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Do we Cancel Everything? You still Travelling??

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Posted (edited)
2 hours ago, MartinRex007 said:

The  report shown above is five "COVID-19 Pandemic Planning Scenarios that are designed to help inform decisions by modelers and public health officials who utilize mathematical modeling. The five planning scenarios are being used by mathematical modelers throughout the Federal government.  Models developed using the data provided in the planning scenarios can help evaluate the potential effects of different community mitigation strategies (e.g., social distancing)."

"The scenarios are intended to advance public health preparedness and planning They are not predictions or estimates of the expected impact of COVID-19." 

Really only useful for modeling and planning, I wouldn't read to much into them?

Martin

 

OK, yes, this is data used to develop the models.  The report is not a prediction or estimate of the expected impact of Covid-19.  Got it.

But wasn't the guidance from all the public health agencies based on ***models***?  Wasn't the planning, preparation, and the estimated number of infections, hospitalizations, and deaths, based on ***models***? 

Why, yes, all those things were in large part based on models.  Dr Fauci and Birx said as much over and over again on television almost every day. 

So now that newer data has come in and the CDC has revised its figures based on that new data so that the models can be more accurate, all you can say is "really only useful for modeling and planning, I wouldn't read to much into them"?

Uh, OK.

Anyway, the report is there for all to read.  Covid-19 is not nearly as deadly as we were all led to believe by the media and others.

Dave

 

Edited by dave2013

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Posted (edited)
18 minutes ago, dave2013 said:

Covid-19 is not nearly as deadly as we were all led to believe by the media and others.

From the CDC report "New data on COVID-19 is available daily; information about its biological and epidemiological characteristics remain limited, and uncertainty remains around nearly all parameter values.". I'll say it again, don't read to much into it!

It's a lot more deadly, concludes a new study by the University of Washington published May 7 in the journal Health Affairs. The study's results also project a grim future if the U.S. doesn't put up a strong fight against the spread of the virus.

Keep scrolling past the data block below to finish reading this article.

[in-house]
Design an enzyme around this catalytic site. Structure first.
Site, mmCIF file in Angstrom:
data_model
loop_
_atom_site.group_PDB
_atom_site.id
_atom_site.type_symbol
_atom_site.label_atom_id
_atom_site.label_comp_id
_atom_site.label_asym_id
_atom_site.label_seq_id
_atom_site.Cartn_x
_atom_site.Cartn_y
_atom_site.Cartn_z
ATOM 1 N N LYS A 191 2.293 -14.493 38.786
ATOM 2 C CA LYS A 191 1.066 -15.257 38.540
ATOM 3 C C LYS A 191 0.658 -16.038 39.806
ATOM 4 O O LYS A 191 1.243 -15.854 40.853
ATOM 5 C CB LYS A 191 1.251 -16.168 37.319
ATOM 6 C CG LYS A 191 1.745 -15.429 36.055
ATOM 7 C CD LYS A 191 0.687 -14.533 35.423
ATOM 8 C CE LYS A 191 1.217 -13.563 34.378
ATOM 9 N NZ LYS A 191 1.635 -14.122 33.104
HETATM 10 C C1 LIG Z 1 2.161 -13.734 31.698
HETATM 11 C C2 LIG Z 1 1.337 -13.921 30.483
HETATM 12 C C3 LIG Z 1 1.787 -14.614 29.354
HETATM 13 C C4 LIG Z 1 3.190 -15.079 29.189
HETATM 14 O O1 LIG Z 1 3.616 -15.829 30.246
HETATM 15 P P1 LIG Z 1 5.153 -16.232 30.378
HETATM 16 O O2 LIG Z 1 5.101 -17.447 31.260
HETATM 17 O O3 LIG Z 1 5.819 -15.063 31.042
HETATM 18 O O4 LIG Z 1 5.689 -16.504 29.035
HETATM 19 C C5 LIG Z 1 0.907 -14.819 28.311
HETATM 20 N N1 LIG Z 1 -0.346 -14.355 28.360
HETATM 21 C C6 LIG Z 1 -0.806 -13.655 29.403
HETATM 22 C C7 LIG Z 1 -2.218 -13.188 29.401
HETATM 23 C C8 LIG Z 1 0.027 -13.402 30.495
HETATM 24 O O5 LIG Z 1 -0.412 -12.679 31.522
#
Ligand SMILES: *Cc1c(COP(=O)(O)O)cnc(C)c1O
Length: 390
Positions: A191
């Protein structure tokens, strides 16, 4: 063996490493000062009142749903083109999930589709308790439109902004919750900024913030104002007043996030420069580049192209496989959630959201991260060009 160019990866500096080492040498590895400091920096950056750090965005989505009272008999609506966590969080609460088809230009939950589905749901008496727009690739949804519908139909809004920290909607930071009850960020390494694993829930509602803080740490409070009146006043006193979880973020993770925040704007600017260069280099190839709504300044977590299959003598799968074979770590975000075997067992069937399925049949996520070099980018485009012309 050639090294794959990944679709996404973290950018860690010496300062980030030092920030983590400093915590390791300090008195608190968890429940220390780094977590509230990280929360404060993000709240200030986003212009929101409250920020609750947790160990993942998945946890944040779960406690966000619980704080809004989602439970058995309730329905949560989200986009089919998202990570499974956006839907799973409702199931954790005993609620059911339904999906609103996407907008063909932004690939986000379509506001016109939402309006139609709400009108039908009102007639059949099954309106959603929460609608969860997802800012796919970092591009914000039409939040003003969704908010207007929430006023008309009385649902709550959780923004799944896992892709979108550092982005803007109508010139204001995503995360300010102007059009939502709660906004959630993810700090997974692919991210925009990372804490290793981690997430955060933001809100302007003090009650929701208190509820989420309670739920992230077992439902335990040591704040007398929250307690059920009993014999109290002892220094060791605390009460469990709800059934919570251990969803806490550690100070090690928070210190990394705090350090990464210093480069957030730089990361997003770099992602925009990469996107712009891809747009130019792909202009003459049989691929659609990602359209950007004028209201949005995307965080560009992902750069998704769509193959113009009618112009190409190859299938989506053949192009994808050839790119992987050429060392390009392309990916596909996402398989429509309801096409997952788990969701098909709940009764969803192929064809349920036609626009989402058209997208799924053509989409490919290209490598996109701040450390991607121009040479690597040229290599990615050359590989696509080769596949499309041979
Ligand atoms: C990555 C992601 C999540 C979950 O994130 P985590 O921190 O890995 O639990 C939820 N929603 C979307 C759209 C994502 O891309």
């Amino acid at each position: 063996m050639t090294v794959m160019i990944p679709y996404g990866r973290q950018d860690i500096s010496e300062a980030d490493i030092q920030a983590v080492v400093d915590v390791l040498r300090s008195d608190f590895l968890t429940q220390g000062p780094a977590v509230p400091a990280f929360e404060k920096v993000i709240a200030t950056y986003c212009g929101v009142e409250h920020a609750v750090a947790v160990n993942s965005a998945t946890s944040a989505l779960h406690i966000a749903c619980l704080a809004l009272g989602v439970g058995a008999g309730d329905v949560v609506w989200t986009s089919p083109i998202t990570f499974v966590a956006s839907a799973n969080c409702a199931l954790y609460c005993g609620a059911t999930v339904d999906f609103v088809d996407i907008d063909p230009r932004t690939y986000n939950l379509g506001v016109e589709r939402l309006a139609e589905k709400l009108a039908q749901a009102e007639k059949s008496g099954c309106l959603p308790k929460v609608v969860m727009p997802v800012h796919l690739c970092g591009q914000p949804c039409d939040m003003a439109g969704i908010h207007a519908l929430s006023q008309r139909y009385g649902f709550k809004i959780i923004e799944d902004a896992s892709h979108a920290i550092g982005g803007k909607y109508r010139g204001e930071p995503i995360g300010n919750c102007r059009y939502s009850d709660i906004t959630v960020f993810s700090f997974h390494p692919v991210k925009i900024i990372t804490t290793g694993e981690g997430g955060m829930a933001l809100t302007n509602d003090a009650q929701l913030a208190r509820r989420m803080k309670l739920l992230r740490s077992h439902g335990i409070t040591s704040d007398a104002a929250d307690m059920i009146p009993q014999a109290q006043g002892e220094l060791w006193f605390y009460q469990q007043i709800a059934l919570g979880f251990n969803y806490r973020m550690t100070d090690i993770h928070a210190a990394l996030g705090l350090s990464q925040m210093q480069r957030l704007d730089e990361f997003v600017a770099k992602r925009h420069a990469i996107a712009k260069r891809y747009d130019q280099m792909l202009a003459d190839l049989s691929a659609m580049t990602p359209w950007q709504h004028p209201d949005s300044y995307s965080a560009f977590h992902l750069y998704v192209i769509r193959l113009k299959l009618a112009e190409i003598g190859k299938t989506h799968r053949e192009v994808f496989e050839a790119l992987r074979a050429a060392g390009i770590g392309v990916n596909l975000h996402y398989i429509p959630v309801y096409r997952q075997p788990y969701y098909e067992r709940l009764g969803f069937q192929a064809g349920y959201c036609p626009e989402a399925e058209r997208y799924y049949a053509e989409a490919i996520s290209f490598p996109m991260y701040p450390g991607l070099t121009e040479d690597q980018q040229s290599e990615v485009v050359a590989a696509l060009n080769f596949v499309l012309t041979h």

The national rate of death among people infected with the novel coronavirus -- SARS-CoV-2 -- that causes COVID-19 and who show symptoms is 1.3%, the study found. The comparable rate of death for the seasonal flu is 0.1%.

https://www.sciencedaily.com/releases/2020/05/200518144915.htm

Martin

Edited by MartinRex007

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14 minutes ago, dave2013 said:

Covid-19 is not nearly as deadly as we were all led to believe by the media and others

That's a pretty myopic thing to say just after the death toll in your country hit 100,000, even with wide scale lockdowns.

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6 hours ago, n4gix said:

Well, drive-through testing has finally come to NW Indiana. I'm planning to get tested tomorrow morning since I'm over 65, obese, and am diabetic...

Are they doing drive-thru antibody testing for history of previous infection, or rt-PCR testing for an active infection?


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Posted (edited)
4 hours ago, dave2013 said:

These numbers are for symptomatic cases only, which makes sense as I'm guessing that if you don't have symptoms then you probably won't die from it.

The asymptomatic stage is an early stage of infection, when the virus is in the upper respiratory system and has not yet begun to produce symptoms.  People with asymptomatic infection often proceed to develop symptoms, and some of them die.  While asymptomatic, they are highly contagious.

"Asymptomatic" does not equal "mild" or "not serious" or "not ultimately fatal."

Edited by Alan_A


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27 minutes ago, Alan_A said:

The asymptomatic stage is an early stage of infection, when the virus is in the upper respiratory system and has not yet begun to produce symptoms.  People with asymptomatic infection often proceed to develop symptoms, and some of them die.  While asymptomatic, they are highly contagious.

"Asymptomatic" does not equal "mild" or "not serious" or "not ultimately fatal."

I think it's important to distinguish between use of the term as a current state, versus as a classification of disease severity.  Both are used.  As a state, you can have the disease but not show any symptoms, but if symptoms do later develop that state is retroactively reclassified as "presymptomatic" rather than "asymptomatic".  If, however, you run the complete course of the disease without detecting symptoms, that case is classified, as a measure of severity, as an "asymptomatic case", meaning that the person was infected and resolved the infection naturally without any symptoms ever being detected. 

I read an article in the New England Journal of Medicine today that more clearly makes that distinction:  https://www.nejm.org/doi/full/10.1056/NEJMe2009758

The stats Dave referenced w/r/t asymptomatic cases are almost certainly the latter, e.g. people who run the entire course of the disease without ever becoming aware they had it.

 

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1 hour ago, scotchegg said:

That's a pretty myopic thing to say just after the death toll in your country hit 100,000, even with wide scale lockdowns.